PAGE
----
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Ali Ruddy with Surfrider Canada holds a container of plastic "nurdles," which are tiny beads manufacturers use to make plastic bags, bottles and straws.

DELTA - An environmental organization is sounding the alarm over tiny plastic pellets known as "nurdles" that are turning up all over B.C.'s coastline.

Surfrider Canada says that after three years of research, its staff and volunteers have found plastic beads used to manufacture bags, straws and bottles in several places in the Fraser River and up the province's coast.

Staff with the agency spoke to CTV News Vancouver Friday on Annacis Island in Delta, B.C., where several Lower Mainland plastics manufacturers are located.

They suggest the pellets are making their way into the Fraser River through storm drains at the manufacturing facilities.

"We're finding an alarming number of pellets," said David Boudinot, a researcher with Surfrider Foundation.

He added that when pellets go into the Fraser River, birds and fish eat them. When humans eat those fish, we could be ingesting plastic pellets too.

"The pellets are known to soak up toxins in the water," Boudinot said. "The bioaccumulation very well could be going up the food chain."

Surfrider is urging the province to investigate and impose stricter regulations on plastic manufacturers. They also suggest manufacturing facilities install covers on their storm drains, similar to the kind required at construction sites.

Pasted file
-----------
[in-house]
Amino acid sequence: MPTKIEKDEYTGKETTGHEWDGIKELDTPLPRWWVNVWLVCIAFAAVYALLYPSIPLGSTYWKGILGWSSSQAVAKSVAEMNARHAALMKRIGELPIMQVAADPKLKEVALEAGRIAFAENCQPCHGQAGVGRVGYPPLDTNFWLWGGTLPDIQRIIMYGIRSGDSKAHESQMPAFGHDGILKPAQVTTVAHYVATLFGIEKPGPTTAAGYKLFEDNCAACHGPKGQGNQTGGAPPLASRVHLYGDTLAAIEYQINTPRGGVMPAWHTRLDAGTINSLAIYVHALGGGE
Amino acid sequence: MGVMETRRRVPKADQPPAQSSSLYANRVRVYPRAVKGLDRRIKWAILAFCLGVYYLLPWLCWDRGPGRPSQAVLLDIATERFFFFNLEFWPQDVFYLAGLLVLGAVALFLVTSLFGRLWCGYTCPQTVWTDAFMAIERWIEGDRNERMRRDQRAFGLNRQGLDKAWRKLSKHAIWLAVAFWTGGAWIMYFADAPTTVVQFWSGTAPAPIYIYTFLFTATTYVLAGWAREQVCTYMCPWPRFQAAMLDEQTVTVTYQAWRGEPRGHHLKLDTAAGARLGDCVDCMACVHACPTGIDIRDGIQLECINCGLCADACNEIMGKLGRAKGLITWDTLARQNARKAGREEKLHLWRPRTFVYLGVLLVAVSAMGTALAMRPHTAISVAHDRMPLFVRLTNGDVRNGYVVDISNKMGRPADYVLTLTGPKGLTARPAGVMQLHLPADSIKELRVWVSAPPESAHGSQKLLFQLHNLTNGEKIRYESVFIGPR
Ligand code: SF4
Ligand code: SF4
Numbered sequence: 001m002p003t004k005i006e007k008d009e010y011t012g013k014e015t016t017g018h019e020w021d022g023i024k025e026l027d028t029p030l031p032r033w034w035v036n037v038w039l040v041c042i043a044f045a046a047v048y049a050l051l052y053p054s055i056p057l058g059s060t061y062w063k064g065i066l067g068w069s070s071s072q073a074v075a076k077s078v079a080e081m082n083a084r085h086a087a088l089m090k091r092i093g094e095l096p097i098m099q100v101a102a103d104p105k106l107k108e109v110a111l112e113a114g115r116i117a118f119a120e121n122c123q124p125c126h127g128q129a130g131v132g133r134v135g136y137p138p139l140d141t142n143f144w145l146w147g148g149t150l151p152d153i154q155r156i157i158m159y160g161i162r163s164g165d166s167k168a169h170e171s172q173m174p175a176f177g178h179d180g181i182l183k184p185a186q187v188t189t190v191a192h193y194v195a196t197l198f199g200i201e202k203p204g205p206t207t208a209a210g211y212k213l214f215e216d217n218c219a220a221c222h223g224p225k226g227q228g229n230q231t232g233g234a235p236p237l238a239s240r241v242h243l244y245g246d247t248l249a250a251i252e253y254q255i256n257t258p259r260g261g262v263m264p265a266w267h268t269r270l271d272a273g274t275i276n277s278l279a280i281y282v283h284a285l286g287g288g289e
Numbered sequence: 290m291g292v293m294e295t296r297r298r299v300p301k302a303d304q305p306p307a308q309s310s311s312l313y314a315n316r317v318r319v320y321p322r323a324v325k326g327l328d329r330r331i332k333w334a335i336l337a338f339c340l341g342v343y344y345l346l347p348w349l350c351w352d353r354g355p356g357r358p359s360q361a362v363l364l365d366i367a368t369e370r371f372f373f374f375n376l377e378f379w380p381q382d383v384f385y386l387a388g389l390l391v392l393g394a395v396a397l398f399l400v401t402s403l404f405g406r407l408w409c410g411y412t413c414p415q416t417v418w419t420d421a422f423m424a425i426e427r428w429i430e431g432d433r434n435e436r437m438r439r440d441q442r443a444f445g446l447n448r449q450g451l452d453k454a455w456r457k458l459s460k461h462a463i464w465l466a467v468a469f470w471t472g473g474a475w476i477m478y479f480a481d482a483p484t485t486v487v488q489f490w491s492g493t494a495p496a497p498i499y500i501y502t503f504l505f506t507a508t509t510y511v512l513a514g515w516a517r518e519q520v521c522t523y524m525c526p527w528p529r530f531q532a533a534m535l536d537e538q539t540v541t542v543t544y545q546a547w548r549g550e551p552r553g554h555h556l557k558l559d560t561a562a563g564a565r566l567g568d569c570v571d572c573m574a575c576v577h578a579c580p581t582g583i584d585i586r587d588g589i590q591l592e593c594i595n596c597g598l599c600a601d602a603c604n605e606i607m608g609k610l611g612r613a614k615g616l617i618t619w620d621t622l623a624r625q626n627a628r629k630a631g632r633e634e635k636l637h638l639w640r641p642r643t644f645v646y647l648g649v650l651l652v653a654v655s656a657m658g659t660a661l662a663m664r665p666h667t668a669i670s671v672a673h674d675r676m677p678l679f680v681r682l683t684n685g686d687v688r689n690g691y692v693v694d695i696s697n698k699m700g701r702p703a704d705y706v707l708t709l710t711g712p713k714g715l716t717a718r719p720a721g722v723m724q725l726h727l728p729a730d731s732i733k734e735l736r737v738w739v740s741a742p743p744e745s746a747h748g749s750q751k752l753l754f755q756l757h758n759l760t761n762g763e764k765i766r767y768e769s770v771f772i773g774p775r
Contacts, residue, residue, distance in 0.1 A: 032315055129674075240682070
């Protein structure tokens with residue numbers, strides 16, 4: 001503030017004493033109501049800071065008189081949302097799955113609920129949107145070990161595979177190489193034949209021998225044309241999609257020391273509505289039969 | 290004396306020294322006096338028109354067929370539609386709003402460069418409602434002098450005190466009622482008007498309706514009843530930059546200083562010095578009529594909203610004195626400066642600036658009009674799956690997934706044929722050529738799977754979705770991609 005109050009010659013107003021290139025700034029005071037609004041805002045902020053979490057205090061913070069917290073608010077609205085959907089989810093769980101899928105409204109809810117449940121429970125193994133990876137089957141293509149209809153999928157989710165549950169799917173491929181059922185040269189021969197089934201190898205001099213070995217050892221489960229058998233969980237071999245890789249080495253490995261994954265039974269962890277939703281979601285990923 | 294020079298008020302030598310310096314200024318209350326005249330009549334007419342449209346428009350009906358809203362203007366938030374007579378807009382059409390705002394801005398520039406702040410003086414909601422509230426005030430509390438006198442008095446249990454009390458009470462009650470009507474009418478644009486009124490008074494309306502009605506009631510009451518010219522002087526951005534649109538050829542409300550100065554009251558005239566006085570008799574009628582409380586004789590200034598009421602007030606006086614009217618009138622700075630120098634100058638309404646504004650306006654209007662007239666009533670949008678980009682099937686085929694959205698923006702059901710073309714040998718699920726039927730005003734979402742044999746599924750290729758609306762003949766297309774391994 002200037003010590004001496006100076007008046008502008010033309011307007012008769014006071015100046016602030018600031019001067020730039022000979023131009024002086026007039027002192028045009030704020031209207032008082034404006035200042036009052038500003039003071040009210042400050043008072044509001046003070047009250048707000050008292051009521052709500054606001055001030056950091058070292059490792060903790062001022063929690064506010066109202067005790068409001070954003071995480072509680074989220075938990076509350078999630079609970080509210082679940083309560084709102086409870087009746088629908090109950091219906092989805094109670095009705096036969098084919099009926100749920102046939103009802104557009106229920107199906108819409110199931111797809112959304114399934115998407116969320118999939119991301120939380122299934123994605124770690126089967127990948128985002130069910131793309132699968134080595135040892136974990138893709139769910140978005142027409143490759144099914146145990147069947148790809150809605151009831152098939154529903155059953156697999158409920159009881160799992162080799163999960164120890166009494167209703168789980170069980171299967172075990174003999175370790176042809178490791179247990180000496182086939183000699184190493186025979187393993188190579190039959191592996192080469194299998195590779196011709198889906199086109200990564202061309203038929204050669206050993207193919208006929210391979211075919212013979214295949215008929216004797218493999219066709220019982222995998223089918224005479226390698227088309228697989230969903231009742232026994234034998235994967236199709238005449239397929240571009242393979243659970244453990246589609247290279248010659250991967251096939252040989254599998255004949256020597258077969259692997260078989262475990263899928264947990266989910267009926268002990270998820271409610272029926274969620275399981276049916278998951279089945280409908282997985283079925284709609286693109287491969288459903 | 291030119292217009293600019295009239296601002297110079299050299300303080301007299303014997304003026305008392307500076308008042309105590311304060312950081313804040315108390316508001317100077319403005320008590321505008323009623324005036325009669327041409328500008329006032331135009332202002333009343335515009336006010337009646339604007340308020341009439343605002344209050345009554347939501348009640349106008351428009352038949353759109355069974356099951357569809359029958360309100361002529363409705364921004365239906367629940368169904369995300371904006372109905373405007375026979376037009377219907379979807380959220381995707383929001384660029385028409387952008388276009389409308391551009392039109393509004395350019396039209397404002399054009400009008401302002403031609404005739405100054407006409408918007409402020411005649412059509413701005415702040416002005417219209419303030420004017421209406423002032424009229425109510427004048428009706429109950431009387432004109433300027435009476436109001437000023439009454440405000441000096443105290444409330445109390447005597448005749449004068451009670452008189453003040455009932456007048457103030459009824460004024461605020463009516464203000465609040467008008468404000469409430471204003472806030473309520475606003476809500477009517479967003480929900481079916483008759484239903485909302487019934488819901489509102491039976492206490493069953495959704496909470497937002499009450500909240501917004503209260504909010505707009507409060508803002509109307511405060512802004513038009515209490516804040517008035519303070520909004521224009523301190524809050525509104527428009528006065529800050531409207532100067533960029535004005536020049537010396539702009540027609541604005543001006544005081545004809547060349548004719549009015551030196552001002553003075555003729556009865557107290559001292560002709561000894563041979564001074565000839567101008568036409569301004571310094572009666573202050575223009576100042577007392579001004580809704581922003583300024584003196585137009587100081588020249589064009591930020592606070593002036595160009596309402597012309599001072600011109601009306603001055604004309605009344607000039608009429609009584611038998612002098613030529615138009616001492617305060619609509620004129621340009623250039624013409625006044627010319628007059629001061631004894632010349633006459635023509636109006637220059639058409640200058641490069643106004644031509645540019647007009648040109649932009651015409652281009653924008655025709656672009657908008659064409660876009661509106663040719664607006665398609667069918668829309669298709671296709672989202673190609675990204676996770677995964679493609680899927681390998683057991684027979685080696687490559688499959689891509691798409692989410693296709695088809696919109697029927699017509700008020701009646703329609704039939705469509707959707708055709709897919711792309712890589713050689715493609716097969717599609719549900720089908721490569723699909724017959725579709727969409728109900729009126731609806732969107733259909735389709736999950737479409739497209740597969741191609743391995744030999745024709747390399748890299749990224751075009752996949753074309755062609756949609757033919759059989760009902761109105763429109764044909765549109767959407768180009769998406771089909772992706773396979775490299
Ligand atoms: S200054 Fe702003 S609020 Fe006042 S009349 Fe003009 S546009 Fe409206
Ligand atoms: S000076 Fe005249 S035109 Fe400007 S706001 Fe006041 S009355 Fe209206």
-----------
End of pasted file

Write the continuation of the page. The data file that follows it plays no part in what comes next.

But Bin Liu, general manager at Interone Plastics Ltd. on Annacis Island, which manufactures plastic pellets, said there's no way his product could get into the river "unless you want to throw them in the river."

He said his pellets are packed "very well" before being loaded into shipping containers.

B.C.'s Ministry of Environment said it would like to thank Surfrider for bringing the issue to their attention, adding that the province is working to reduce plastics in the marine environment.

“When the ministry receives tips about pollution, we take them seriously," the ministry said in a statement, adding that discharging pollution into the environment is prohibited.

However, it added it had no record of complaints related to plastic pellets entering the Fraser River in the last three years. The ministry said it will look into the matter and determine appropriate next steps.

CTV News Vancouver reached out to six plastic manufacturers on Annacis Island, but has not yet received a response.